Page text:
This week we speak to Laura Scrivano, a very talented young woman who seems to be able to do everything. She was a QSS-Resident last year developing the Australian première of Sweet Bird andsoforth, which had its opening night at the Wharf last night.
You had a Performing Arts Residency here at Queen Street Studio back in April 2010, developing Sweet Bird andsoforth. It’s finally about to hit the stages now — what’s it like to work on something for so long? Do you feel like you’ve been pregnant for over a year?
Ha! Yes, it had been a nearly a year between the creative development and the world première season. Although it took a bit longer than we would have liked to secure a season and financial support for the project, it’s actually been a blessing in disguise. We used our Performing Arts Residency at QSS to develop the English translation with Benjamin Winspear, secure the key cast and work through the language to the heart of the play. Having time after our three week intensive to let the work develop organically and sit with the key creatives was artistically enriching, and on a practical level, gave us time as independent producers to secure the level of support required to realise our vision for the production.
On a personal level, I also got pretty busy making my first short film, assistant directing on Zebra! for Sydney Theatre Company, and directing two mini-operas for Opera Australia in June. So whilst we chipped away at bringing Sweet Bird andsoforth to the stage, I managed to birth a few other artistic projects too!
Amanda and her friends live in a small country town where everything is “eternallysameyandendlesslyboring”. When Amanda decides to explore the bare wide world, her friends throw her a farewell party on the hill overlooking the town. However, nothing goes quite as planned…
Sweet Bird andsoforth captures the moment when we are faced with growing up, stepping out into the world and deciding where we fit. Coupled with stunningly poetic dialogue, a sharp soundtrack, the intensity of young love and a lot of alcohol…the best way we can describe it is Shakespeare meets Skins (with a little bit of Beckett and Chekhov thrown in!). Playwright Laura Naumann is one of the rising stars in Germany and has won a couple of literary awards for the play. We have a wonderful young cast including Geraldine Hakewill (Baal), Fleur Beaupert (Heartbreak High) and Sonny Vrebac (Sleeping Beauty), with design by the amazing Hanna Sandgren (Cunning Little Vixen) and Video by Steve Toulmin (Edward Gant, Tot Mom).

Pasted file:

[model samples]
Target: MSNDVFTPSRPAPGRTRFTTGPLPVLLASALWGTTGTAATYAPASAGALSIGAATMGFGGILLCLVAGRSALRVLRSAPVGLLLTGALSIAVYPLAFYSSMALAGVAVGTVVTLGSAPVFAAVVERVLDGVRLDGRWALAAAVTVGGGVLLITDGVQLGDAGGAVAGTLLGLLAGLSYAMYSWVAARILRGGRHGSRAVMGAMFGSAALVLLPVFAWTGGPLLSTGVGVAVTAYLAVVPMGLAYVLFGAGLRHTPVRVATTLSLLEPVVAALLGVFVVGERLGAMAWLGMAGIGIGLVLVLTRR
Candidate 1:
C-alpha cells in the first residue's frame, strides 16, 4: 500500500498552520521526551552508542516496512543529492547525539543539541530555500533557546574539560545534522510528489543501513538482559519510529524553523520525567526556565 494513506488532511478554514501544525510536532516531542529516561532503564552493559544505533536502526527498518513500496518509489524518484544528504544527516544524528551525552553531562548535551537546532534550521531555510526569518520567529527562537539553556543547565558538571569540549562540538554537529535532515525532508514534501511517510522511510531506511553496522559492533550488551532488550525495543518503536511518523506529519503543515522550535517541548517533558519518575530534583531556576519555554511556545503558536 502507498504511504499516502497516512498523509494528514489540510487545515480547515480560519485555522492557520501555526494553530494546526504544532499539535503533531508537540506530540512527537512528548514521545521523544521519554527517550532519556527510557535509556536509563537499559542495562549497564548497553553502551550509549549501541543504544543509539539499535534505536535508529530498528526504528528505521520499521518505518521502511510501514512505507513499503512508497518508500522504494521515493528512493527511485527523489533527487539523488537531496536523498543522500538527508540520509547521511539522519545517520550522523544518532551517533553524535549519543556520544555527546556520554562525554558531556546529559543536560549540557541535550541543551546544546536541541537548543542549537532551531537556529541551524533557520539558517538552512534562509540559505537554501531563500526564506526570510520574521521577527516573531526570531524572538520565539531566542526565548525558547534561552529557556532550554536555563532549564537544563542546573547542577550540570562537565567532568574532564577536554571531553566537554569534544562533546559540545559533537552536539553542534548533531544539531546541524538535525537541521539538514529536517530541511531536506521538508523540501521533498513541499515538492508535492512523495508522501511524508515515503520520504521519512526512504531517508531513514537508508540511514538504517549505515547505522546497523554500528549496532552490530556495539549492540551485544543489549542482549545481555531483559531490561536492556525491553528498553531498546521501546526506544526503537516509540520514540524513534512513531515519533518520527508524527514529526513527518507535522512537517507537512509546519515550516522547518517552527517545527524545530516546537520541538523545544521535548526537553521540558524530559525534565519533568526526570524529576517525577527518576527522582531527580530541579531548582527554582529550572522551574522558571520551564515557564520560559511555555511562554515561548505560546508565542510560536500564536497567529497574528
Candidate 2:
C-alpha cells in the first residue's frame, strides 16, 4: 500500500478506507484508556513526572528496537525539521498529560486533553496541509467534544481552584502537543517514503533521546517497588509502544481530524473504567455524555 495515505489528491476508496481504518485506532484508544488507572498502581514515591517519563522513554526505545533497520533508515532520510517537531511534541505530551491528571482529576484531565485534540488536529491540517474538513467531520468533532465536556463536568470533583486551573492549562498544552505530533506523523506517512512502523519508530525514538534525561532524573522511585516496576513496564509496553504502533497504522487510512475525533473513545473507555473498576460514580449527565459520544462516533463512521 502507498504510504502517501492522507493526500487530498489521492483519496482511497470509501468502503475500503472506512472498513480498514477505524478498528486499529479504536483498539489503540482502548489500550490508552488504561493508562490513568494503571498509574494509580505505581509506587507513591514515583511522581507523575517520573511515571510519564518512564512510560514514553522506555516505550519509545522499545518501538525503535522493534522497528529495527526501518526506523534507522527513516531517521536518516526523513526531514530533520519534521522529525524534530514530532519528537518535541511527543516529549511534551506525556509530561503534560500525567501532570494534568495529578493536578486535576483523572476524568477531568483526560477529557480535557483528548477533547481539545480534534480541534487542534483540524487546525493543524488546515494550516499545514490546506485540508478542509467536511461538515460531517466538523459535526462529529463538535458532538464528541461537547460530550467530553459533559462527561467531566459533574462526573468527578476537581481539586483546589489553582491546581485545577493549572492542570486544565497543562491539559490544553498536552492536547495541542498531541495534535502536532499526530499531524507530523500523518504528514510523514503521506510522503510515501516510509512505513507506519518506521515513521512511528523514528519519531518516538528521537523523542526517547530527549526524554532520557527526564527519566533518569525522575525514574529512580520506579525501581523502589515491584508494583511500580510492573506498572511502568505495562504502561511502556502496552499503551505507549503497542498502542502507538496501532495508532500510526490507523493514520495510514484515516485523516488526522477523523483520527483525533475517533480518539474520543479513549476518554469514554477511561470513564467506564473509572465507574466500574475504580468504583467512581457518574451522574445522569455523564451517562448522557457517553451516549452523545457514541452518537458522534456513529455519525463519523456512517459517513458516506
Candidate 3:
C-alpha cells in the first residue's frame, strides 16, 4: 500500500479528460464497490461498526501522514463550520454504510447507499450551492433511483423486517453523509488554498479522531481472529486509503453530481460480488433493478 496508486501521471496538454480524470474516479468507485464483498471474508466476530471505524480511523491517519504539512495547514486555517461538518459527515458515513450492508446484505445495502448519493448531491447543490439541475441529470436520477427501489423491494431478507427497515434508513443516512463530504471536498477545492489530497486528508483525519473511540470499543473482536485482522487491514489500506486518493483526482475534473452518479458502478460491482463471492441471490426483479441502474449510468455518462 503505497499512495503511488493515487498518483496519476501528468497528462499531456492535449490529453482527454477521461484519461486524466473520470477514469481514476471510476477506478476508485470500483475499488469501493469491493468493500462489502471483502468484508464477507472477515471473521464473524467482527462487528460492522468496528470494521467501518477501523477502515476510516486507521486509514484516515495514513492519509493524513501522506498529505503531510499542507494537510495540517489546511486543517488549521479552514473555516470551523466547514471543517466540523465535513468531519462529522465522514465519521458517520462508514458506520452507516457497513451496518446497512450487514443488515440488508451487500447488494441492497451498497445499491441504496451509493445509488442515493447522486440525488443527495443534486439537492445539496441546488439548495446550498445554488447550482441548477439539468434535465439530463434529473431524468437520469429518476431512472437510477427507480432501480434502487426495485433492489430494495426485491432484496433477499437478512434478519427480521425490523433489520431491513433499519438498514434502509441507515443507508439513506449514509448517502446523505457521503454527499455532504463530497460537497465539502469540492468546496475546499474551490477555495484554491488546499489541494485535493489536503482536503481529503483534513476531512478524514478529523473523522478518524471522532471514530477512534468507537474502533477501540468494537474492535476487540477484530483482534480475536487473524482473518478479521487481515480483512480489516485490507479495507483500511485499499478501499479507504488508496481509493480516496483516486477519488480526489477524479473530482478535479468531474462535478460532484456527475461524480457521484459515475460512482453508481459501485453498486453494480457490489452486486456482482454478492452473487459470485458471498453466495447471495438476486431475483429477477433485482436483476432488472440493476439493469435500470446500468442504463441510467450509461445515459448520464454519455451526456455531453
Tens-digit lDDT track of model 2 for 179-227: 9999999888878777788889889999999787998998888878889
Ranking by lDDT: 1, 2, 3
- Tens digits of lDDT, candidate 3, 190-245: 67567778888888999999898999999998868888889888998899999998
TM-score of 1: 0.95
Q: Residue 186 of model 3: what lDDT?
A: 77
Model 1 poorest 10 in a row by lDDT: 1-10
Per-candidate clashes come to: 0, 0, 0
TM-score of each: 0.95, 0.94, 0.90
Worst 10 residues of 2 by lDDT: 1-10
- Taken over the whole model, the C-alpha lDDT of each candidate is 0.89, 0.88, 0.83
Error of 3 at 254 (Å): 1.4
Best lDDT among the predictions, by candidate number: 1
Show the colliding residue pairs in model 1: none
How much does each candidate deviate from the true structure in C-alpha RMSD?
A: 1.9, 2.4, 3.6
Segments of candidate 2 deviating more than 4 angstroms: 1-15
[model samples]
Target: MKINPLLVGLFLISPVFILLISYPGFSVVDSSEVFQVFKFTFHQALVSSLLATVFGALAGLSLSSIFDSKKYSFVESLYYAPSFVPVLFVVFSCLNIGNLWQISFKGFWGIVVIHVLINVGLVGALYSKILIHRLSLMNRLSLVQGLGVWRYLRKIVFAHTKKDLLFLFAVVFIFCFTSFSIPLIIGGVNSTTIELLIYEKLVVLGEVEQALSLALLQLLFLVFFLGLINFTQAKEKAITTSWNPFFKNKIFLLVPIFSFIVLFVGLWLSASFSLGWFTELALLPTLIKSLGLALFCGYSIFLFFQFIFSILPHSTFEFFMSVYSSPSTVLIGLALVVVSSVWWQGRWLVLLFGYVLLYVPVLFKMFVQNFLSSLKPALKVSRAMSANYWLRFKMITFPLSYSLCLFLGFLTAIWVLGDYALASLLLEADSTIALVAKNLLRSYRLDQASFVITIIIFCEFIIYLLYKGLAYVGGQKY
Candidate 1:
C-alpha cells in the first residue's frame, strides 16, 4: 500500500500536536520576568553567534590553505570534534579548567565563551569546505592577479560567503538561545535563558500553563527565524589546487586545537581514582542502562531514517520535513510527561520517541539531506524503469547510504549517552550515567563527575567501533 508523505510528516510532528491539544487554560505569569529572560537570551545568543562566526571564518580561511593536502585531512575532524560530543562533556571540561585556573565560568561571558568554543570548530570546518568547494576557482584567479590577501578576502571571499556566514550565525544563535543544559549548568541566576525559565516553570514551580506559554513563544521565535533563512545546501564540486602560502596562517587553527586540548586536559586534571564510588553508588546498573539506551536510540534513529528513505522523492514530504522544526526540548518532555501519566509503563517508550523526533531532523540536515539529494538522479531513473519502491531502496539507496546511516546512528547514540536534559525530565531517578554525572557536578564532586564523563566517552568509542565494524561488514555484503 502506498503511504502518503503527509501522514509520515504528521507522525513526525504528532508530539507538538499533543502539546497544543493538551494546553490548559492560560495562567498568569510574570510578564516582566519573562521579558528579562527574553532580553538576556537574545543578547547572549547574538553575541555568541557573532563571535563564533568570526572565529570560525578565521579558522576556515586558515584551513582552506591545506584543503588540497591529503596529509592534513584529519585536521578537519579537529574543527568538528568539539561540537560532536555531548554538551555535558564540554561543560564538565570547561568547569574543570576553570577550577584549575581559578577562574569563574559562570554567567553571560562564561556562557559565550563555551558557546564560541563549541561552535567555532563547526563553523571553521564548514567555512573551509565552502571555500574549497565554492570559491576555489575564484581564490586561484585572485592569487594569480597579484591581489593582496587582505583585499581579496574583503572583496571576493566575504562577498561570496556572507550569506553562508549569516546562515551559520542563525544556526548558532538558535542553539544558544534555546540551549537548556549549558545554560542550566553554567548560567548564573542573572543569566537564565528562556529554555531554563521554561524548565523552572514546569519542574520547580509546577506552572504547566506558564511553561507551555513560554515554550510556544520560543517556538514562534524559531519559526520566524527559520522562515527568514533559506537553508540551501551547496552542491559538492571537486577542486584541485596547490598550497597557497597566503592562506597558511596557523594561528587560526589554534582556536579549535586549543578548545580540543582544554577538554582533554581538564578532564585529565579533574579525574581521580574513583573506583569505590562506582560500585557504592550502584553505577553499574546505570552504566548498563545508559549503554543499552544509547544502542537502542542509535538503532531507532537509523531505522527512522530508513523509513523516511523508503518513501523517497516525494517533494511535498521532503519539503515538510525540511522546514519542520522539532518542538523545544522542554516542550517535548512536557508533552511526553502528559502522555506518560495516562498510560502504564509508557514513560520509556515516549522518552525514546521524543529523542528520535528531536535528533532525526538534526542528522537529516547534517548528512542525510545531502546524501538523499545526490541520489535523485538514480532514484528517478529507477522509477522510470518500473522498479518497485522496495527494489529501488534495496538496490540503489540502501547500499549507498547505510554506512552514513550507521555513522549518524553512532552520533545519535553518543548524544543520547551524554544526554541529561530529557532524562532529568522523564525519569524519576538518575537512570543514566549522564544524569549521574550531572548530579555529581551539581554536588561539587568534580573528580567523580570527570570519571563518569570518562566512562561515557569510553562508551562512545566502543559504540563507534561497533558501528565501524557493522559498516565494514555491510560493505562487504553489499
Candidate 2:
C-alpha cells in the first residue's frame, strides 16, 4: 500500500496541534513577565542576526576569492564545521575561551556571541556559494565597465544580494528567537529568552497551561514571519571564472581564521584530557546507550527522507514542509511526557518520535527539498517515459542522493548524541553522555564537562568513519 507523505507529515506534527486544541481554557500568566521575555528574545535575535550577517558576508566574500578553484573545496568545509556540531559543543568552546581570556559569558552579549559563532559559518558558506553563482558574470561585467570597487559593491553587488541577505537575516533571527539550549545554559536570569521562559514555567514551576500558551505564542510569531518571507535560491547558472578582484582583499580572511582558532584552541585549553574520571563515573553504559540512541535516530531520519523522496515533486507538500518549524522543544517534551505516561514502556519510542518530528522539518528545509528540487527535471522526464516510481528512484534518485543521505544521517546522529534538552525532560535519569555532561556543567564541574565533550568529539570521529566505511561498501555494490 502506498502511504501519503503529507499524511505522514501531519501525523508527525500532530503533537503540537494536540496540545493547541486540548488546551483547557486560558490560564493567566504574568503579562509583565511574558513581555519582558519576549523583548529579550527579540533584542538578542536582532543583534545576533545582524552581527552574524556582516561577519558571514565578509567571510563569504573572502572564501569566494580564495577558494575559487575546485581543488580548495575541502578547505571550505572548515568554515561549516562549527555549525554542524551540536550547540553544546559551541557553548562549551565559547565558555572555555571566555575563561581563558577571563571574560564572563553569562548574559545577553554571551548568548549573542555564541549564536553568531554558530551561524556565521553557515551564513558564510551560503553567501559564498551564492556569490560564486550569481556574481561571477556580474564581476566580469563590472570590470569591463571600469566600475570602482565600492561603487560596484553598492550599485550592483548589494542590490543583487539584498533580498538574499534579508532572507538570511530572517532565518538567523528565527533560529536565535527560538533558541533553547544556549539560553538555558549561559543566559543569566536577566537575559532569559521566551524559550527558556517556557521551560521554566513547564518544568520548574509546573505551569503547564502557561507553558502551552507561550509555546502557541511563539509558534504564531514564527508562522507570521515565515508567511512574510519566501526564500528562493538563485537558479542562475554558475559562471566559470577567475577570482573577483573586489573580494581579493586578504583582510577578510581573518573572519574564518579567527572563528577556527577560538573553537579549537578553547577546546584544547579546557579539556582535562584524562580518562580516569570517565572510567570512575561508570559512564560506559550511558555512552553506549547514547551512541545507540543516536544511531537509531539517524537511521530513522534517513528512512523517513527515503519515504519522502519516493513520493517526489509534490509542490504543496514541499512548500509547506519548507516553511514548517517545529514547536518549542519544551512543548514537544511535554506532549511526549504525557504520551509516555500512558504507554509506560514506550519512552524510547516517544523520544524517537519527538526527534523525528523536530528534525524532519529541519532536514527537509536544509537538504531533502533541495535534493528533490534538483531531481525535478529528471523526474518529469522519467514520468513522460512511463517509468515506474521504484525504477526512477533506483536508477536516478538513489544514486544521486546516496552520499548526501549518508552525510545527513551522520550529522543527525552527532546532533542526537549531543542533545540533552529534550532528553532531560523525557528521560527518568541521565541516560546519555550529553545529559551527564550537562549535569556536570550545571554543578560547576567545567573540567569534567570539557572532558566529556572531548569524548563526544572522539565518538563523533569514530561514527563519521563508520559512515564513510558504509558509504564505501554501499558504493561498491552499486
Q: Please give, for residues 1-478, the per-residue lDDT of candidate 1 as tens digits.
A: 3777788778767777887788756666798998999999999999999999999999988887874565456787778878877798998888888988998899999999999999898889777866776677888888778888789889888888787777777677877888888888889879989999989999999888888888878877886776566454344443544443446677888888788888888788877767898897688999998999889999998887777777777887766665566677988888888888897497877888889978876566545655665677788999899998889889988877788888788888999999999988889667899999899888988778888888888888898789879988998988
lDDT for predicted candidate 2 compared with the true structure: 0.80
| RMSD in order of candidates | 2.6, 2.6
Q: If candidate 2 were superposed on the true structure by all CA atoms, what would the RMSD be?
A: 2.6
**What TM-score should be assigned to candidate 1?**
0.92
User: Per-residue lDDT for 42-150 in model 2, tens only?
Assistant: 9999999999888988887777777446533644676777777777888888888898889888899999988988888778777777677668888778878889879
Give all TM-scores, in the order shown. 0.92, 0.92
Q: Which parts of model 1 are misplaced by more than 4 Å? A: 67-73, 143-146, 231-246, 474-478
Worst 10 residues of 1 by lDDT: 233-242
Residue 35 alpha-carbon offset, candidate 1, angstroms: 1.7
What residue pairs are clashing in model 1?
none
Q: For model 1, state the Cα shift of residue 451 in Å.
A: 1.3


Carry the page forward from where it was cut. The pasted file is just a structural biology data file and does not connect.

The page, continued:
A simple Google search on you and the roles director, performer, performance maker, blogger, musician, filmmaker (have I missed anything?) all pop up … is there a role you identify with most? Is it satisfying to straddle so many disciplines?
Most of my work is as director and filmmaker (which also involves writing) so those are the roles than I identify with the most. However, I really love collaborative theatre-making and I guess that’s where the other roles tend to come in. I find the cross fertilisation of artistic disciplines keeps me inspired and allows me to acquire diverse (and often very useful) skills.
It is also an economic imperative that, as an artist living in Sydney, you need to be multi-skilled in order to make a living! The only role I don’t identify is that of performer. The last time I performed I think it was an accident (and not one I’d like to repeat!).
You’re on Twitter, you blog, you’ve worked on some unique projects which utilise social media in new ways to generate and broadcast content … Is social media changing the arts and if so is this a good thing?
Absolutely… and generally I think social media is changing the arts for the better. I especially love twitter in the way it decentralises and disseminates information. It provides a great platform for artists to discuss issues, share articles, images, film clips and promote your own artwork. However, for most arts companies at the moment, social media remains the domain of marketing departments.
I’d like to see more social media in the hands of artists…
and the use of digital platforms to artistically engage and move audiences.
And lastly, what else can we expect to see from you this year?
Well, having done four shows back to back this year (including Sweet Bird) I’m having a few weeks off in September. Holiday! Then I’m off to Crack Theatre Festival (part of This is Not Art in Newcastle) to present a site-specific work and in November I’m developing a new work with UK company Hoipolloi at Carriageworks. In between that, I’ll be writing my next short film and developing a couple of feature ideas that have been kicking around.
Is anyone else feeling a little tired after just reading about all the things Laura’s been up to? Phew!
Sweet Bird andsoforth is on until 10 September at Studio 1, Pier 4/5, The Wharf, as part of ATYP’s Under The Wharf Season and presented by Mess Hall. QSS-Members can get a special ticket price of just $23 by using the code word “GOETHE” when booking online or over the phone. Click here to book online or call (02) 9270 2400.